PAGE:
It was later to transpire that following the meeting between Bangabandhu and Yahya Khan and then between their advisers on the previous day, orders had gone out from the regime to the army on the need for action against the Bangalee political leadership. General Yahya Khan instructed General Tikka Khan to prepare for action.
Against the background of such an order, on March 18, General Khadim Hussain Raja and General Rao Farman Ali prepared the blueprint of what would soon come to be known as Operation Searchlight. Under this euphemistically used term, the military prepared to begin its harsh action against the Bangalees. The result would be genocide on a scale unprecedented in modern history.
But of this there was, at the time, not an iota of knowledge among the Bangalees, although informed observers of the scene noted the regularity with which the strength of the Pakistani forces in their restive eastern province was being augmented. On the streets, Bangalee militancy increased inexorably and open calls were being made for Sheikh Mujibur Rahman to go for an outright declaration of independence for East Bengal.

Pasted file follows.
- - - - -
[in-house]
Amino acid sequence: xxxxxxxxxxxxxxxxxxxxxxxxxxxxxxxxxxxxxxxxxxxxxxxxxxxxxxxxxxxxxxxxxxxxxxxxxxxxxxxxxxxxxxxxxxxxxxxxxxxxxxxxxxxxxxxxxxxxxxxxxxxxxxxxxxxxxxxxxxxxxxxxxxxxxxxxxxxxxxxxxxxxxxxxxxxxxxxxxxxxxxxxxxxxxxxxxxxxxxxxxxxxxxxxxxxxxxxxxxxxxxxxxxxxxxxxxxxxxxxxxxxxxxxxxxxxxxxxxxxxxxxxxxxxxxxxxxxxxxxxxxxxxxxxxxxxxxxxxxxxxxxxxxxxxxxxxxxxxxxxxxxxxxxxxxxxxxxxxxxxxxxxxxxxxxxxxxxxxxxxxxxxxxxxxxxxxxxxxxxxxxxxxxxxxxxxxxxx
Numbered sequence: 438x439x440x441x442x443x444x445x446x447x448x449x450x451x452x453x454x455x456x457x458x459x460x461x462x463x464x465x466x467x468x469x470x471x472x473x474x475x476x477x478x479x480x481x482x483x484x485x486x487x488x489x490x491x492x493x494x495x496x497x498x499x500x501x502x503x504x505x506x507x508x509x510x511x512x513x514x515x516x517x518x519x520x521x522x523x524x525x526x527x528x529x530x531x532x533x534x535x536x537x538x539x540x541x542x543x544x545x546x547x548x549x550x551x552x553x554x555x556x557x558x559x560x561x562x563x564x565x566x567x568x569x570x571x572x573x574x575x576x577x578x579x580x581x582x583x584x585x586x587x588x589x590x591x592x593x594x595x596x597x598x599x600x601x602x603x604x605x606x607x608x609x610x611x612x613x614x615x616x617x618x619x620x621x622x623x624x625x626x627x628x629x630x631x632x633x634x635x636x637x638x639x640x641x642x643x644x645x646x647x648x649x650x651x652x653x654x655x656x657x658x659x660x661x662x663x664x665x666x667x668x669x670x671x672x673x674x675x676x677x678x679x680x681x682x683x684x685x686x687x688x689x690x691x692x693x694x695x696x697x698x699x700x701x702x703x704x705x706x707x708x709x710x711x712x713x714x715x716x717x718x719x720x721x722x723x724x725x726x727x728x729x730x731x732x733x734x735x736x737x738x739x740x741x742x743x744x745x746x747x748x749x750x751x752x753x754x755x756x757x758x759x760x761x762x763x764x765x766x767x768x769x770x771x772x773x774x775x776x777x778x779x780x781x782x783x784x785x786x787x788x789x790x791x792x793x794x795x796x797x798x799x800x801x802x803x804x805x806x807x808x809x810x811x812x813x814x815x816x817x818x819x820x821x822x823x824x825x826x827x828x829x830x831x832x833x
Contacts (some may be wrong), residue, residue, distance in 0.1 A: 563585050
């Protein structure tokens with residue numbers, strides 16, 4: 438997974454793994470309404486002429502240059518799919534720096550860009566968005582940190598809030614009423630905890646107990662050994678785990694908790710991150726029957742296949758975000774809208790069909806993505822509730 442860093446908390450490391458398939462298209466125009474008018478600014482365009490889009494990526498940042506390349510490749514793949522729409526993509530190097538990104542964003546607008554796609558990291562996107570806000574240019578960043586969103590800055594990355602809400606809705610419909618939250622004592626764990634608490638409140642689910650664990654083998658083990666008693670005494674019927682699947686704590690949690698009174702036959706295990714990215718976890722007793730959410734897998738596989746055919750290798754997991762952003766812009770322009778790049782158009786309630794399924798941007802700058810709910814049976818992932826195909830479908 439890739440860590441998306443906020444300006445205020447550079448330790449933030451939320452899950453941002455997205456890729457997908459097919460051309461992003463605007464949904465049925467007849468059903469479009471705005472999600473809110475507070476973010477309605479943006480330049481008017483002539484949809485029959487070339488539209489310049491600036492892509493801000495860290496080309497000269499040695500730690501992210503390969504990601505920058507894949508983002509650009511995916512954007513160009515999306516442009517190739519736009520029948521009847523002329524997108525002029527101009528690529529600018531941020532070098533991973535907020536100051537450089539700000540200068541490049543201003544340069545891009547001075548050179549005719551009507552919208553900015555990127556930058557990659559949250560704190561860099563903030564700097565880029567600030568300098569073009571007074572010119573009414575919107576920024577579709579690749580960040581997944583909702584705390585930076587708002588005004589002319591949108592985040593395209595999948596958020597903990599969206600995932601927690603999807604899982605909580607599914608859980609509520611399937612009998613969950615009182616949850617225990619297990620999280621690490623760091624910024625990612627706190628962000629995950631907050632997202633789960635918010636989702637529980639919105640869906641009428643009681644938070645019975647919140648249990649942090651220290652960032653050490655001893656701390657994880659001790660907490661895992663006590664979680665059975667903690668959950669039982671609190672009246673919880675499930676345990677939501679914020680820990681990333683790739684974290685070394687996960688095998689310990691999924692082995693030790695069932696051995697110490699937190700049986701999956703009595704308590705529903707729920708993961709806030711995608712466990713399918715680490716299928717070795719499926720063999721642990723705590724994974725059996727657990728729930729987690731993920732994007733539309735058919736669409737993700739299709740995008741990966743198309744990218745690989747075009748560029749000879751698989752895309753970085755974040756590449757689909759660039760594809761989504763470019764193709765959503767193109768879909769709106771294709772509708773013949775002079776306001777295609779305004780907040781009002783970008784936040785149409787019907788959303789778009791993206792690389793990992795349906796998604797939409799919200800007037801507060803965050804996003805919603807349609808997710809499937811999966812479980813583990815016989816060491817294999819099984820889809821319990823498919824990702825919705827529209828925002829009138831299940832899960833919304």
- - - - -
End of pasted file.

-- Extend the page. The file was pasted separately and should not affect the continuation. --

Meanwhile, on March 18, Mujib rejected the commission of enquiry set up by the martial administrator, zone B (Tikka Khan) to "go into the circumstances which led to the calling of the army in aid of civil power in various parts of East Pakistan between March 2 and March 9." He stated that the people of Bangladesh would not cooperate with such a commission.